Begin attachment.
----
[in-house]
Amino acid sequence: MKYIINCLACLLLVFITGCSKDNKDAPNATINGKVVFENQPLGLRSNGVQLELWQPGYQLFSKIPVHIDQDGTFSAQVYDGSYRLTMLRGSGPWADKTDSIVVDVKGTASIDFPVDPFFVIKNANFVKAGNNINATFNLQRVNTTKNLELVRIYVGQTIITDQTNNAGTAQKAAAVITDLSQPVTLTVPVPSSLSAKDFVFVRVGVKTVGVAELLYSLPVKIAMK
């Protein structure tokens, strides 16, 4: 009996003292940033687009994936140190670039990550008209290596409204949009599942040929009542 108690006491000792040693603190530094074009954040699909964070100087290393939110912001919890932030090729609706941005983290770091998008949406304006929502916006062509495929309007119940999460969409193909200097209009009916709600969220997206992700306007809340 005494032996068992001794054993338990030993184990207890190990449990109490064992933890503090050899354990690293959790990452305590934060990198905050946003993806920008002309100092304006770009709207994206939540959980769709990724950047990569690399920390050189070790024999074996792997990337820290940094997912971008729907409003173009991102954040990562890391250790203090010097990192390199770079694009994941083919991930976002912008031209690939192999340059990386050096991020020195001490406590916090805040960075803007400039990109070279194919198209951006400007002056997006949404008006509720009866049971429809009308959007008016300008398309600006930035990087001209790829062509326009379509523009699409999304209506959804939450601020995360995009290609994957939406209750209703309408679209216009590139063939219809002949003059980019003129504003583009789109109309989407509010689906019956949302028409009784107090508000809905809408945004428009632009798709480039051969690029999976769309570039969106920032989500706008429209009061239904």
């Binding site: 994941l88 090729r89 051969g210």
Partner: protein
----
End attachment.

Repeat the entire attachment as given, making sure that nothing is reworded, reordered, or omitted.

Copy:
[in-house]
Amino acid sequence: MKYIINCLACLLLVFITGCSKDNKDAPNATINGKVVFENQPLGLRSNGVQLELWQPGYQLFSKIPVHIDQDGTFSAQVYDGSYRLTMLRGSGPWADKTDSIVVDVKGTASIDFPVDPFFVIKNANFVKAGNNINATFNLQRVNTTKNLELVRIYVGQTIITDQTNNAGTAQKAAAVITDLSQPVTLTVPVPSSLSAKDFVFVRVGVKTVGVAELLYSLPVKIAMK
């Protein structure tokens, strides 16, 4: 009996003292940033687009994936140190670039990550008209290596409204949009599942040929009542 108690006491000792040693603190530094074009954040699909964070100087290393939110912001919890932030090729609706941005983290770091998008949406304006929502916006062509495929309007119940999460969409193909200097209009009916709600969220997206992700306007809340 005494032996068992001794054993338990030993184990207890190990449990109490064992933890503090050899354990690293959790990452305590934060990198905050946003993806920008002309100092304006770009709207994206939540959980769709990724950047990569690399920390050189070790024999074996792997990337820290940094997912971008729907409003173009991102954040990562890391250790203090010097990192390199770079694009994941083919991930976002912008031209690939192999340059990386050096991020020195001490406590916090805040960075803007400039990109070279194919198209951006400007002056997006949404008006509720009866049971429809009308959007008016300008398309600006930035990087001209790829062509326009379509523009699409999304209506959804939450601020995360995009290609994957939406209750209703309408679209216009590139063939219809002949003059980019003129504003583009789109109309989407509010689906019956949302028409009784107090508000809905809408945004428009632009798709480039051969690029999976769309570039969106920032989500706008429209009061239904």
């Binding site: 994941l88 090729r89 051969g210």
Partner: protein